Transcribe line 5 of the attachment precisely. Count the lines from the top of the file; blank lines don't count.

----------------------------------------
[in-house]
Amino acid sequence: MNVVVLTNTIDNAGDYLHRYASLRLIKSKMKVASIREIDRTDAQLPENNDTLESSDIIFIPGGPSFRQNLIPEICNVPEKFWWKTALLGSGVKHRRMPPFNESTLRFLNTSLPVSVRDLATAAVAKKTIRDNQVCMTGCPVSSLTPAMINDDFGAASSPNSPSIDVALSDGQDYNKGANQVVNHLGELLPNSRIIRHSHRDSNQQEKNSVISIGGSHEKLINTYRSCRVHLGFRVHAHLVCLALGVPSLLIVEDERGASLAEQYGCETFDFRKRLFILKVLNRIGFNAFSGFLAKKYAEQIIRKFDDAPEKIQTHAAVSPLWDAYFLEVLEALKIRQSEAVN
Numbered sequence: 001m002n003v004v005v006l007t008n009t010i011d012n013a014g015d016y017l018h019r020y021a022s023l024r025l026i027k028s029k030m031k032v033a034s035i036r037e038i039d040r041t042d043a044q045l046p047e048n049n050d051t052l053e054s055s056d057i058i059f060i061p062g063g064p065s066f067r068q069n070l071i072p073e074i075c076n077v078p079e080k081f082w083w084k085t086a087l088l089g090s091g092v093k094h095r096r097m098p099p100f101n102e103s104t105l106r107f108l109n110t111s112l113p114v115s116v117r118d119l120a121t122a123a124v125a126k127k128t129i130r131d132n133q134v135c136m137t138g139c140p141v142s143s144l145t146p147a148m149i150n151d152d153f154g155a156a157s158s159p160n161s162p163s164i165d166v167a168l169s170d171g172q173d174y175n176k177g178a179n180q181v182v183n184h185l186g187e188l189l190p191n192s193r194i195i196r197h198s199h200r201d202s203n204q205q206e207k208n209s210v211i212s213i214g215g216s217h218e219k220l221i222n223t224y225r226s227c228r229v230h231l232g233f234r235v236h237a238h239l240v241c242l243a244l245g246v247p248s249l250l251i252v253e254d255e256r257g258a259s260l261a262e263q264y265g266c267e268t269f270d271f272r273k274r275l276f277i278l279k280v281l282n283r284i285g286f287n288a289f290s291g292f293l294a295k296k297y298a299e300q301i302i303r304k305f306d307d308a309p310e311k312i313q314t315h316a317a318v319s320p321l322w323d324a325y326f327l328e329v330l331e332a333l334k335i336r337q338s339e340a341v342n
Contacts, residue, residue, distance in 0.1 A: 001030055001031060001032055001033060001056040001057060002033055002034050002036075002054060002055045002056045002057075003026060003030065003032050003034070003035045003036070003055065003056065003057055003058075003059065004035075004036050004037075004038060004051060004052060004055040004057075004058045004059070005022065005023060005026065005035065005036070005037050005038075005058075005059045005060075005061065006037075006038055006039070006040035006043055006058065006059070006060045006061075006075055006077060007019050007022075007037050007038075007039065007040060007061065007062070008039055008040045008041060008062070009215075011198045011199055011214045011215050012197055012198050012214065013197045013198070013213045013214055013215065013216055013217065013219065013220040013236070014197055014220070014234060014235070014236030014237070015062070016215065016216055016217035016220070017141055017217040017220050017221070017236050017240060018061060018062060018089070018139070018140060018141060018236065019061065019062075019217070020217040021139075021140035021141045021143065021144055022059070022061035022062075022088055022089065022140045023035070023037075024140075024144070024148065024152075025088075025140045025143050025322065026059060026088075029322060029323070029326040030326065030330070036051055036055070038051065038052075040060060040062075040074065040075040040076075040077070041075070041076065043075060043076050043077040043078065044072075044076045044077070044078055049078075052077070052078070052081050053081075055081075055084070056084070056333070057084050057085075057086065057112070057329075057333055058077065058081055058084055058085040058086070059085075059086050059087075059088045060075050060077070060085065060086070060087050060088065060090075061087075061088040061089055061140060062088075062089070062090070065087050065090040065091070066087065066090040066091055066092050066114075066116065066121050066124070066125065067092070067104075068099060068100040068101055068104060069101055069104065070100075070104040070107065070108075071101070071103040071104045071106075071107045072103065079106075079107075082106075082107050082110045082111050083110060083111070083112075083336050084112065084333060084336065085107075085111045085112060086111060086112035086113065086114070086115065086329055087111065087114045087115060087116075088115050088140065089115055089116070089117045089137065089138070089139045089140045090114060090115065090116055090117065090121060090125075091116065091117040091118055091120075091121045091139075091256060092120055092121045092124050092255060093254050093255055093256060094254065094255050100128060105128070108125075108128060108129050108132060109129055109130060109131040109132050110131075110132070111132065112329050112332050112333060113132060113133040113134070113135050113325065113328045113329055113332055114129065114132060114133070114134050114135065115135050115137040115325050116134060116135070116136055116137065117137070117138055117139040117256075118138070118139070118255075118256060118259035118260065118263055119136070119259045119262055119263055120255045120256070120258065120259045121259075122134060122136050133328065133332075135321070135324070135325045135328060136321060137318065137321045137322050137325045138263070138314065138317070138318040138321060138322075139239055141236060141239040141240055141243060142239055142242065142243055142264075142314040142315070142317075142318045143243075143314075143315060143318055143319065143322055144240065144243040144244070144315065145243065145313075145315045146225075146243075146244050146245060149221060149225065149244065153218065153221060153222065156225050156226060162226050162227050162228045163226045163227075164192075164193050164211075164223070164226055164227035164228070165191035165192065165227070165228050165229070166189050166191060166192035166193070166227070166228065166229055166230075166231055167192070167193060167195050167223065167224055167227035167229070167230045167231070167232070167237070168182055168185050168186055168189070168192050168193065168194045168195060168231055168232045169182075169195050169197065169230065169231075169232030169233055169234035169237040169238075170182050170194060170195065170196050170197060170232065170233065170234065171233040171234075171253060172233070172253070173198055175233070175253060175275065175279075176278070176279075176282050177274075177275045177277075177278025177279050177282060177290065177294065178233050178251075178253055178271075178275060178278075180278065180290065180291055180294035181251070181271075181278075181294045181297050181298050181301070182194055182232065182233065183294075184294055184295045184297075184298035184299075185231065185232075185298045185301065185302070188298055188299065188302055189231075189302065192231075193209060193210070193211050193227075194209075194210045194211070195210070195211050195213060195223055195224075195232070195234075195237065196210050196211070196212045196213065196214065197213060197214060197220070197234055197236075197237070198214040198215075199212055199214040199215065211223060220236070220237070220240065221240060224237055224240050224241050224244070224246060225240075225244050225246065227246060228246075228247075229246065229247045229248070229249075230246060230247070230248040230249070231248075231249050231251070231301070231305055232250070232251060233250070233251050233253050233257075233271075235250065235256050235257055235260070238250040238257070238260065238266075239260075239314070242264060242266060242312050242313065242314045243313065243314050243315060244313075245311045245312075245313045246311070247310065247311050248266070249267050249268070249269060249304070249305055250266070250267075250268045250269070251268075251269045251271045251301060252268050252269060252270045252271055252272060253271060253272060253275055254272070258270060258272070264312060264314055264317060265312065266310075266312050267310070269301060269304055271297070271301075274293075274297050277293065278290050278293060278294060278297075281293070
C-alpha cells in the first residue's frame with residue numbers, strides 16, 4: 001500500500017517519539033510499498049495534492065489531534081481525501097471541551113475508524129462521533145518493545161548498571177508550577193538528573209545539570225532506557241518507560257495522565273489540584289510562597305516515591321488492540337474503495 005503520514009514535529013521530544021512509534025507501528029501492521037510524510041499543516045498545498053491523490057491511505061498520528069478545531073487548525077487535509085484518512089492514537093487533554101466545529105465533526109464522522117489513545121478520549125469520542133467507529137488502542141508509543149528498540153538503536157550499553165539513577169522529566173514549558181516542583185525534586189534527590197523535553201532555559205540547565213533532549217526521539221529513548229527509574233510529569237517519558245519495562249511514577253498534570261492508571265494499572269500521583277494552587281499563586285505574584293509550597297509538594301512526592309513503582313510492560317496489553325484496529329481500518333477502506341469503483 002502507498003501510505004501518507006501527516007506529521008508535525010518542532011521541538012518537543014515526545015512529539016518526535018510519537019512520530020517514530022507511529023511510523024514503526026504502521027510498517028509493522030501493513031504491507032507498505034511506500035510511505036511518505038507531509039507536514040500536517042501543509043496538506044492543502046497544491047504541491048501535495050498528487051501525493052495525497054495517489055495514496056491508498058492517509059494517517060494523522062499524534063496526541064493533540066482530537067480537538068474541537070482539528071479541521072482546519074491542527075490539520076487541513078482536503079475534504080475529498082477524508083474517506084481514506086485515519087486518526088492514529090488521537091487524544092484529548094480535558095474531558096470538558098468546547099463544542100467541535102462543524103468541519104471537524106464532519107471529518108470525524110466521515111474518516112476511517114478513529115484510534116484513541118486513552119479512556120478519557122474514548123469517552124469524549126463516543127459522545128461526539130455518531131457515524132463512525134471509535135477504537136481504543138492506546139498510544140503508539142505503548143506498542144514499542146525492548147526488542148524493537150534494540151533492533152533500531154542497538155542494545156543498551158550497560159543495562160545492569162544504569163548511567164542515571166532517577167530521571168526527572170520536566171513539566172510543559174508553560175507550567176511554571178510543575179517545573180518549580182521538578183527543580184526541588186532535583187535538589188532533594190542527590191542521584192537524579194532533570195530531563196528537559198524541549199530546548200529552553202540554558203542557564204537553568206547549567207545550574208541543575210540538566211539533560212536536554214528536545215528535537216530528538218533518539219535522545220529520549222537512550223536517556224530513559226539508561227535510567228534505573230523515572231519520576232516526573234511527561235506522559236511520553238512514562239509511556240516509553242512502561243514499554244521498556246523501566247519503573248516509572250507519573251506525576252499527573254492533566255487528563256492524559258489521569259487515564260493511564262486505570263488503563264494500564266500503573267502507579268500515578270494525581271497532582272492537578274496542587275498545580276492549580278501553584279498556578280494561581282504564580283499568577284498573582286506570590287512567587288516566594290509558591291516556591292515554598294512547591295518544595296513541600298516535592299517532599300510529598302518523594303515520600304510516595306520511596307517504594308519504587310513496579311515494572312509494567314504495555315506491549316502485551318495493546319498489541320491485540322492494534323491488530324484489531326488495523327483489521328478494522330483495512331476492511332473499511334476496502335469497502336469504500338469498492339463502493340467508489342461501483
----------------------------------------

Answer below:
C-alpha cells in the first residue's frame with residue numbers, strides 16, 4: 001500500500017517519539033510499498049495534492065489531534081481525501097471541551113475508524129462521533145518493545161548498571177508550577193538528573209545539570225532506557241518507560257495522565273489540584289510562597305516515591321488492540337474503495 005503520514009514535529013521530544021512509534025507501528029501492521037510524510041499543516045498545498053491523490057491511505061498520528069478545531073487548525077487535509085484518512089492514537093487533554101466545529105465533526109464522522117489513545121478520549125469520542133467507529137488502542141508509543149528498540153538503536157550499553165539513577169522529566173514549558181516542583185525534586189534527590197523535553201532555559205540547565213533532549217526521539221529513548229527509574233510529569237517519558245519495562249511514577253498534570261492508571265494499572269500521583277494552587281499563586285505574584293509550597297509538594301512526592309513503582313510492560317496489553325484496529329481500518333477502506341469503483 002502507498003501510505004501518507006501527516007506529521008508535525010518542532011521541538012518537543014515526545015512529539016518526535018510519537019512520530020517514530022507511529023511510523024514503526026504502521027510498517028509493522030501493513031504491507032507498505034511506500035510511505036511518505038507531509039507536514040500536517042501543509043496538506044492543502046497544491047504541491048501535495050498528487051501525493052495525497054495517489055495514496056491508498058492517509059494517517060494523522062499524534063496526541064493533540066482530537067480537538068474541537070482539528071479541521072482546519074491542527075490539520076487541513078482536503079475534504080475529498082477524508083474517506084481514506086485515519087486518526088492514529090488521537091487524544092484529548094480535558095474531558096470538558098468546547099463544542100467541535102462543524103468541519104471537524106464532519107471529518108470525524110466521515111474518516112476511517114478513529115484510534116484513541118486513552119479512556120478519557122474514548123469517552124469524549126463516543127459522545128461526539130455518531131457515524132463512525134471509535135477504537136481504543138492506546139498510544140503508539142505503548143506498542144514499542146525492548147526488542148524493537150534494540151533492533152533500531154542497538155542494545156543498551158550497560159543495562160545492569162544504569163548511567164542515571166532517577167530521571168526527572170520536566171513539566172510543559174508553560175507550567176511554571178510543575179517545573180518549580182521538578183527543580184526541588186532535583187535538589188532533594190542527590191542521584192537524579194532533570195530531563196528537559198524541549199530546548200529552553202540554558203542557564204537553568206547549567207545550574208541543575210540538566211539533560212536536554214528536545215528535537216530528538218533518539219535522545220529520549222537512550223536517556224530513559226539508561227535510567228534505573230523515572231519520576232516526573234511527561235506522559236511520553238512514562239509511556240516509553242512502561243514499554244521498556246523501566247519503573248516509572250507519573251506525576252499527573254492533566255487528563256492524559258489521569259487515564260493511564262486505570263488503563264494500564266500503573267502507579268500515578270494525581271497532582272492537578274496542587275498545580276492549580278501553584279498556578280494561581282504564580283499568577284498573582286506570590287512567587288516566594290509558591291516556591292515554598294512547591295518544595296513541600298516535592299517532599300510529598302518523594303515520600304510516595306520511596307517504594308519504587310513496579311515494572312509494567314504495555315506491549316502485551318495493546319498489541320491485540322492494534323491488530324484489531326488495523327483489521328478494522330483495512331476492511332473499511334476496502335469497502336469504500338469498492339463502493340467508489342461501483